The person to receive the Republican Party’s nomination in the Roanoke County race for the Hollins supervisor seat won’t get it because of his political positions, values or months of campaigning.
No. The names will be drawn at random on Tuesday, from a single, dark bag.
After an unusual 389-389 tie at Saturday’s Fire House Primary, the Roanoke County Republican Party convened during the weekend to work out the details on how to choose between Al Bedrosian and Mike Bailey.
David Suetterlein, the chairman of the Roanoke County Republican Committee, said that in the case of a tie the Hollins canvass rules dictate the nomination will be decided by lot. In this case, each candidate will have his name written on five markers, then the 10 markers will be tossed into a “dark bag.”
The committee selected former Republican Party of Virginia chairman Don Huffman to draw the winning marker at a 9:30 a.m. public event at the Roanoke County Administration Building.
The random drawing could carry broad implications about the future temperament of a board expected to make decisions about expensive and far-reaching issues, including stormwater management, at the beginning of the new year. As they came to the polls on Saturday to cast their votes, residents in Hollins chose between candidates who had established themselves as different types of conservatives.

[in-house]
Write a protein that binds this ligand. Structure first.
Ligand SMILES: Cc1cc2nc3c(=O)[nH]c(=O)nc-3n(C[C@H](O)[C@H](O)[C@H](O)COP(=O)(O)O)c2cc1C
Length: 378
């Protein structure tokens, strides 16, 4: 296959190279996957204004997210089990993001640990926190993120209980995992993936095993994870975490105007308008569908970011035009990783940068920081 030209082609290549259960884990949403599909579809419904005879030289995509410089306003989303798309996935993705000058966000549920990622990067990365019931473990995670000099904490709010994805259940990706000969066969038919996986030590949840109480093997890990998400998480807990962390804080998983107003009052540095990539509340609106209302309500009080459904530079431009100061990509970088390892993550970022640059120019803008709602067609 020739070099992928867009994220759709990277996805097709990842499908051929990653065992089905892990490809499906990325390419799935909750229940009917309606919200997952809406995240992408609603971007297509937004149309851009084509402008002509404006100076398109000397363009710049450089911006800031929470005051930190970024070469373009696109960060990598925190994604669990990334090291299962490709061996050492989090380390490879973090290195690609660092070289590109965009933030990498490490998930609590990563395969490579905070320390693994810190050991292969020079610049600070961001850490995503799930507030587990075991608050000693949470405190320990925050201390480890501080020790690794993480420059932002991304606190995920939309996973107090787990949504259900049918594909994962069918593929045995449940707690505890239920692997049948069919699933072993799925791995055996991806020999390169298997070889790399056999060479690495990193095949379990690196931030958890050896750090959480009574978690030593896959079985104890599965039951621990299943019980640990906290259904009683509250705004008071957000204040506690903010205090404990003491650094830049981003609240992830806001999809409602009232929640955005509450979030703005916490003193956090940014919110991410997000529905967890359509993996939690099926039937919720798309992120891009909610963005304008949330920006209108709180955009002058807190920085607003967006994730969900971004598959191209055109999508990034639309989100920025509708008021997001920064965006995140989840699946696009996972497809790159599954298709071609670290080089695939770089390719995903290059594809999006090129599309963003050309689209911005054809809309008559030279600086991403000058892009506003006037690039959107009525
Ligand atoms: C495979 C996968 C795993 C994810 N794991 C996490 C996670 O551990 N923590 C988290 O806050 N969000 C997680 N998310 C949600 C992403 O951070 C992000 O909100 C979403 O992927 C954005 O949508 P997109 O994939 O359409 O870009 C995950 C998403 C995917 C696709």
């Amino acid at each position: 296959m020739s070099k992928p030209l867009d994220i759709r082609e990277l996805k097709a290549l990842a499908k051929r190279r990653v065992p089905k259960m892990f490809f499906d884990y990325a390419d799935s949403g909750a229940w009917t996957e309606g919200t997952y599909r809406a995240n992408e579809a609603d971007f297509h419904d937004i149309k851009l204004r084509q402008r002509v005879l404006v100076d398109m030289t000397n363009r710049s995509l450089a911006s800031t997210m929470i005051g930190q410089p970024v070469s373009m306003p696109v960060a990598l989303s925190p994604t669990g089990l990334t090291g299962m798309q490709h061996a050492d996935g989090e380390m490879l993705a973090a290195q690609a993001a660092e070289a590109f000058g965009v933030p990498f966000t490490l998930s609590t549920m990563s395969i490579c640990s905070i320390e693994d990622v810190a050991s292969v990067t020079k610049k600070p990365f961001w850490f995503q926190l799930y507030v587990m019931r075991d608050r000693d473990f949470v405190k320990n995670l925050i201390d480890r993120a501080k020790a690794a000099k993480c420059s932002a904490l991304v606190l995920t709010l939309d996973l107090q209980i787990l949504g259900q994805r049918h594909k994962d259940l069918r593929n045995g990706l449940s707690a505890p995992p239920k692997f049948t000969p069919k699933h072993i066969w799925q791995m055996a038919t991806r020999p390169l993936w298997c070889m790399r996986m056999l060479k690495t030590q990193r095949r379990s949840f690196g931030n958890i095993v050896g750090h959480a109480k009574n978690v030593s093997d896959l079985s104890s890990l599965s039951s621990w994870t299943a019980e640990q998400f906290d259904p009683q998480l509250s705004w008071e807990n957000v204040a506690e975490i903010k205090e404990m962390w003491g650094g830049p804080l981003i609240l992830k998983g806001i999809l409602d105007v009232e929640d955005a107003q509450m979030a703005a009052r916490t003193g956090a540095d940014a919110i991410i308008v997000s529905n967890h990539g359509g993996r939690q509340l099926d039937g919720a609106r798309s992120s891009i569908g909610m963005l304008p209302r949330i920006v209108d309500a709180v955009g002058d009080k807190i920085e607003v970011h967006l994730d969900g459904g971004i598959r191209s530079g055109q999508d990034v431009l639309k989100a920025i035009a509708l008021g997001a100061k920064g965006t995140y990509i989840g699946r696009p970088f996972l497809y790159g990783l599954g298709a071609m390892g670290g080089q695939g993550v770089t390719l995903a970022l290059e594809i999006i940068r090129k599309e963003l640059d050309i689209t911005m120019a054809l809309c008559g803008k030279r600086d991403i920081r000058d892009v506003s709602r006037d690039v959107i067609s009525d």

Throughout the campaign, Mike Bailey staked his claims as a middle-of-the-road conservative. Al Bedrosian presented himself to voters as a candidate further to the right.
When the announcement was made that the nominee would be to drawn by lot on Saturday, Bailey immediately voiced his frustration.
“You’re talking about the future of the county being determined by chance,” he had said. “Welcome to leadership. Sometimes you have to make a decision and go with it. I would just be comfortable knowing that an actual decision was made.”